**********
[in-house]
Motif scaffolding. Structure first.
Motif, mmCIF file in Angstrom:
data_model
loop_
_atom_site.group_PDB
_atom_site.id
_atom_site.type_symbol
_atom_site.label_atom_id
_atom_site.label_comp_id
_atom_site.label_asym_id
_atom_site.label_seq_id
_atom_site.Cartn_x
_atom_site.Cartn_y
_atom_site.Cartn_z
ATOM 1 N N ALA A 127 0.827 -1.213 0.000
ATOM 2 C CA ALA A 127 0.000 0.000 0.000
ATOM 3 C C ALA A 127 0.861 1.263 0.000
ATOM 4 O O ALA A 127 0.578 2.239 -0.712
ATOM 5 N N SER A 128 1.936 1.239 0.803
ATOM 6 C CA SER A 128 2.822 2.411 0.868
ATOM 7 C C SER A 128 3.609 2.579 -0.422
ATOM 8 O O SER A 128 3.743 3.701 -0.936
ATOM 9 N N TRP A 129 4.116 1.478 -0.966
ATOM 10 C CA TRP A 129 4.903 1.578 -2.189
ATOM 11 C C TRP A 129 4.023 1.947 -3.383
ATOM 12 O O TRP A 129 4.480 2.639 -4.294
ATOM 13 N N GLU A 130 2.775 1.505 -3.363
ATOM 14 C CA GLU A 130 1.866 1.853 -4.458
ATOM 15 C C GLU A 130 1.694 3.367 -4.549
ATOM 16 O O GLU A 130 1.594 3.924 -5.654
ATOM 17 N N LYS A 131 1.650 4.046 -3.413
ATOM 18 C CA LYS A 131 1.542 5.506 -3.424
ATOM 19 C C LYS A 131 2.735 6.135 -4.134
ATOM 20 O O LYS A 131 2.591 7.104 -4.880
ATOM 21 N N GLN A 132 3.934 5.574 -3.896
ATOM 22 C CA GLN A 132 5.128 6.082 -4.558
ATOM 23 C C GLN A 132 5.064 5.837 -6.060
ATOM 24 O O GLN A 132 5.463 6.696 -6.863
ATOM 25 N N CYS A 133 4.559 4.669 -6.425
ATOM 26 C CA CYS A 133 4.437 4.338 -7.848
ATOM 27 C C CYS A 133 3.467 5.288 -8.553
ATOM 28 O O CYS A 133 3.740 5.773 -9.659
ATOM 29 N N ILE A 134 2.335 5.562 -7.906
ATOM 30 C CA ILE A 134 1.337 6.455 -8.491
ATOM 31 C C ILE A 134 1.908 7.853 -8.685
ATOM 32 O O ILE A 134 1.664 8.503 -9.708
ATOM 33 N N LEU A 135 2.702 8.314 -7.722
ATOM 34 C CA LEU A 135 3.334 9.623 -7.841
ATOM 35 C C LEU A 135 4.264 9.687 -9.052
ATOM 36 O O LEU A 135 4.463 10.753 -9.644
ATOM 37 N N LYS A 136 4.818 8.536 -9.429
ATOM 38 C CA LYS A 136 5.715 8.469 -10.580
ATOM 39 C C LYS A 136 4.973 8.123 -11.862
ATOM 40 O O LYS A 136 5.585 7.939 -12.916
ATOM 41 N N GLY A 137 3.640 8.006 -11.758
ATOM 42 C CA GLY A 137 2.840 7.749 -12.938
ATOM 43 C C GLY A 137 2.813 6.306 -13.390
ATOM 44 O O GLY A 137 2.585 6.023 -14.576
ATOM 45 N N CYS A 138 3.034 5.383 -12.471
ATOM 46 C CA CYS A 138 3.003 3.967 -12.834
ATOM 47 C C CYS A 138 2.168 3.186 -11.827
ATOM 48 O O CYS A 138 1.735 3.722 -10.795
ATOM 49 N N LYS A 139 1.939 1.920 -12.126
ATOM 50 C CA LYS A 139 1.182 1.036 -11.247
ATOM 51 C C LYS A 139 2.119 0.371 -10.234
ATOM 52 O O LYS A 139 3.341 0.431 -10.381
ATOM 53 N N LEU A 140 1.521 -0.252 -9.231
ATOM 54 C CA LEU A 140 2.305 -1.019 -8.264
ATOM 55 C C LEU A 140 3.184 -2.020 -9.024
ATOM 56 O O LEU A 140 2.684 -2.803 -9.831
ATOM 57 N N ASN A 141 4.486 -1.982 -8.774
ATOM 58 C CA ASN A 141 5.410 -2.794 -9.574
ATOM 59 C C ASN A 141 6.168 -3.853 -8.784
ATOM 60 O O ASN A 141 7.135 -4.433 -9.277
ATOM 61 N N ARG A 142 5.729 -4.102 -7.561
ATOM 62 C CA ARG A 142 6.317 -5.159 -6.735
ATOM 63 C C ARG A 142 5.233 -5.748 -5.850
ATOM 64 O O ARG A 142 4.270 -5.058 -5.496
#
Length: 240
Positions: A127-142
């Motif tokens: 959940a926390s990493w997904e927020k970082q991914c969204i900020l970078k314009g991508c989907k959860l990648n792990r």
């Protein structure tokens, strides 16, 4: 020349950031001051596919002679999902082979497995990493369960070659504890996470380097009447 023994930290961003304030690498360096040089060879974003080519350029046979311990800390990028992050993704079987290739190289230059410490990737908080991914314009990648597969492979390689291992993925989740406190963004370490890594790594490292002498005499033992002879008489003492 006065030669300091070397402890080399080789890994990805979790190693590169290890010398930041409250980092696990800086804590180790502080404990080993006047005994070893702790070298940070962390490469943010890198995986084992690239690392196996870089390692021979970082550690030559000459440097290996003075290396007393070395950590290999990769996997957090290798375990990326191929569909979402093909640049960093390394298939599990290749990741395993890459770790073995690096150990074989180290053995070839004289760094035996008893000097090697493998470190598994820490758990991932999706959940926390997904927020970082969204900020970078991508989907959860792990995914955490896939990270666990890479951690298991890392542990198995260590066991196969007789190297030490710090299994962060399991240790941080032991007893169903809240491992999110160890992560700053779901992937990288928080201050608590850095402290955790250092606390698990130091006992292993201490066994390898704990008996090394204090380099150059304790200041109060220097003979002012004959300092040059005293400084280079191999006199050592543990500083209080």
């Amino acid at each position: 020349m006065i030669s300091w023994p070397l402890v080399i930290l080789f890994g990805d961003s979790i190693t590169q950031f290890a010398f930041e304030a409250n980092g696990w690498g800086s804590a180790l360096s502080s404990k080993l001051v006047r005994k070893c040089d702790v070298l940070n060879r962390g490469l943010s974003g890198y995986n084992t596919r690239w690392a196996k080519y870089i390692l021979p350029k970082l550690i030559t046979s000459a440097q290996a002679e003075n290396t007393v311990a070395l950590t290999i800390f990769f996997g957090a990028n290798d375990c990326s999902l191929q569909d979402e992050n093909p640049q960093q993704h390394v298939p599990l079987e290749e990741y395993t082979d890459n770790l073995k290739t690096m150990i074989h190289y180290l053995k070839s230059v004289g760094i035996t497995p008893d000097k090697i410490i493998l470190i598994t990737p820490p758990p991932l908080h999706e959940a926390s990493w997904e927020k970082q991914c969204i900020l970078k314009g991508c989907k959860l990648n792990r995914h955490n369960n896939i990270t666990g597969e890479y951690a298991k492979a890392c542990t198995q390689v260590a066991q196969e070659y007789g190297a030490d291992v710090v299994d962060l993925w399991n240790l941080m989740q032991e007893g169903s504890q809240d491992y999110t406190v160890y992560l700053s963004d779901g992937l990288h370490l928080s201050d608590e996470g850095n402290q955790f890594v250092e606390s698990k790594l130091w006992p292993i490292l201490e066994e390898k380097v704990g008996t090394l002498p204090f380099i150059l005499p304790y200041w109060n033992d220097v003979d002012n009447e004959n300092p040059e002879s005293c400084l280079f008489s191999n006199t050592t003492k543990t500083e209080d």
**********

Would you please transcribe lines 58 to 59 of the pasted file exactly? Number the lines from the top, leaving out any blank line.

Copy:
ATOM 43 C C GLY A 137 2.813 6.306 -13.390
ATOM 44 O O GLY A 137 2.585 6.023 -14.576